1. Search for writing samples that you already have on hand.
Odds are if you enjoy writing, you already have numerous writing samples at your disposal.
Maybe you’ve written fiction in the past (published or not), maybe you’ve won a writing contest or two, or maybe you’re just the go-to writer in your workplace. How about past college papers, local newsletters or your kids’ fundraising campaigns? I bet you have something sitting around that you could re-purpose into one of your first writing samples.
2. Create a freelance writing sample from scratch.
If you weren’t able to find any (or any relevant) writing samples that you already have on hand, creating some from scratch should be your next step. It’s by far the easiest and most cost-effective way of securing your first few samples.
Pick a topic related to one of the niches you picked after you read Step 1. (You haven’t skipped that, have you?) Then write a blog post about it. Or a news release. Or a sales page.
Remember, it doesn’t have to be perfect. It just has to be done at this point.
You can draft the sample in a Google document, then save it as a .pdf (under File > Download as > PDF document) and upload it to your portfolio (more about that in the next step).
And you can always post them to a website in the future, but there’s no need to worry if you don’t have a website now.
Remember, the goal here is to showcase your sweet writing skills and provide a potential client with proof that you can write, and write well.
That’s it. No need to over complicate things!
3. Start your own blog/website.
If you’re ready to take this step, we’ve put together a free tutorial to get you started with a new website in a week. Starting your own freelance writing website is a proactive step because you don’t need anyone’s permission. And you can write about what you want, when you want.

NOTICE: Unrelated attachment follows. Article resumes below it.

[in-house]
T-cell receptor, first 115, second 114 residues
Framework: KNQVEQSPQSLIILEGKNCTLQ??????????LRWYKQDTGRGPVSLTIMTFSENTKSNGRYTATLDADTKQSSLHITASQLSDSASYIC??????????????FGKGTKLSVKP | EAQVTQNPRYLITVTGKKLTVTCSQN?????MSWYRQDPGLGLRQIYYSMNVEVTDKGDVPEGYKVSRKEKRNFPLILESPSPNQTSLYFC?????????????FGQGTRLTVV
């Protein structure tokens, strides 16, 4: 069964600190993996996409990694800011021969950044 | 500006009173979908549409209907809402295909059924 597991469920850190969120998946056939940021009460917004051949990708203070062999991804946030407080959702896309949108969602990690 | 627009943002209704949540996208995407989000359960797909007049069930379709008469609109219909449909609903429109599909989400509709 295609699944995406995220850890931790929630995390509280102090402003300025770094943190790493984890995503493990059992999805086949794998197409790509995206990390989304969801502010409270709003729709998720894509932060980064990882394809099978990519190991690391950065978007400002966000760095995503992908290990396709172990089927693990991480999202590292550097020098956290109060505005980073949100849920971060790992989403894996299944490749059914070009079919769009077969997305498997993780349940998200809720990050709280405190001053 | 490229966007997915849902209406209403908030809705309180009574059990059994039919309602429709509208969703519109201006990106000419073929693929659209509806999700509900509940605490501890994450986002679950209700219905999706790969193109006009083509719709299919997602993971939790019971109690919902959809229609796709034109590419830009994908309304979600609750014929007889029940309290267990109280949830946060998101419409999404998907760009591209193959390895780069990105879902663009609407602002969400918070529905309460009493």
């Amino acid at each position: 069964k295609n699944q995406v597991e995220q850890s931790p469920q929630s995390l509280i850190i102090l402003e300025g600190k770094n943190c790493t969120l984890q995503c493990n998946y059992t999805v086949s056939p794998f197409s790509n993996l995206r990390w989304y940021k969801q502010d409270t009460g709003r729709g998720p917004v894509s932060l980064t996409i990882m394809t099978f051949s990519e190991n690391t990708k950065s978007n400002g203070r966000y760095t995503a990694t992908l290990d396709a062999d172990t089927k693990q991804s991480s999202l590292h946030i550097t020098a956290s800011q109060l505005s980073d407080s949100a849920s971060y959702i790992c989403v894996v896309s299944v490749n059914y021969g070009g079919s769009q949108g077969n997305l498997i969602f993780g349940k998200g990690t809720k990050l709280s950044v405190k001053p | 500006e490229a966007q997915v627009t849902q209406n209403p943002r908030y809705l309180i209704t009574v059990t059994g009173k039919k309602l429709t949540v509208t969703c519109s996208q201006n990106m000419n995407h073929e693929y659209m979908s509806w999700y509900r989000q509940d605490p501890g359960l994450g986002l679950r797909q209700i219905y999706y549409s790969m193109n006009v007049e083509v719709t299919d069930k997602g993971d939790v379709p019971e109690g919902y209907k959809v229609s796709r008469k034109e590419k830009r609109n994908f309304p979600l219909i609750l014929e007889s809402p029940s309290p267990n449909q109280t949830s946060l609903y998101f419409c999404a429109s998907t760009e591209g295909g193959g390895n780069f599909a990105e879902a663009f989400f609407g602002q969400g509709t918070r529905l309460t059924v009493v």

Starting your own blog and website can be an extension of what we talked about above. You can add existing samples to your new site, post your newly-created samples as blog posts.
Keep in mind, even though you’re not getting paid for your writing (in this or previous examples), you still want to make sure that you put a lot of effort into it. If you’re going to advertise it as an example of your writing skills, your work needs to be excellent!
Don’t know what to blog about? How about one of the niches you’ve selected in Step 1?
4. Guest post on someone else’s site.
Guest posting on someone else’s website is a bit more impressive to a potential client than writing posts on your own blog. Someone else gave you a vote of confidence, and that often goes a long way when you want to become a freelance writer.
Great, but how does one go about finding guest posting opportunities. Does anyone you know have a blog that they’d like content for? Can you ask on Facebook if any one of your friends needs anything written? How about the blogs and websites you follow for your own personal interest? You’re already familiar with their from being a reader, so that should make it a bit easier to match their writing voice.
You can also turn to Google. It’s as simple as opening a new browser and typing in “[Your Niche] + Write for Us.”
This search should bring up a bunch of websites in your niche that have open submissions for contributions. (And better yet, some of the opportunities might be paying gigs too!)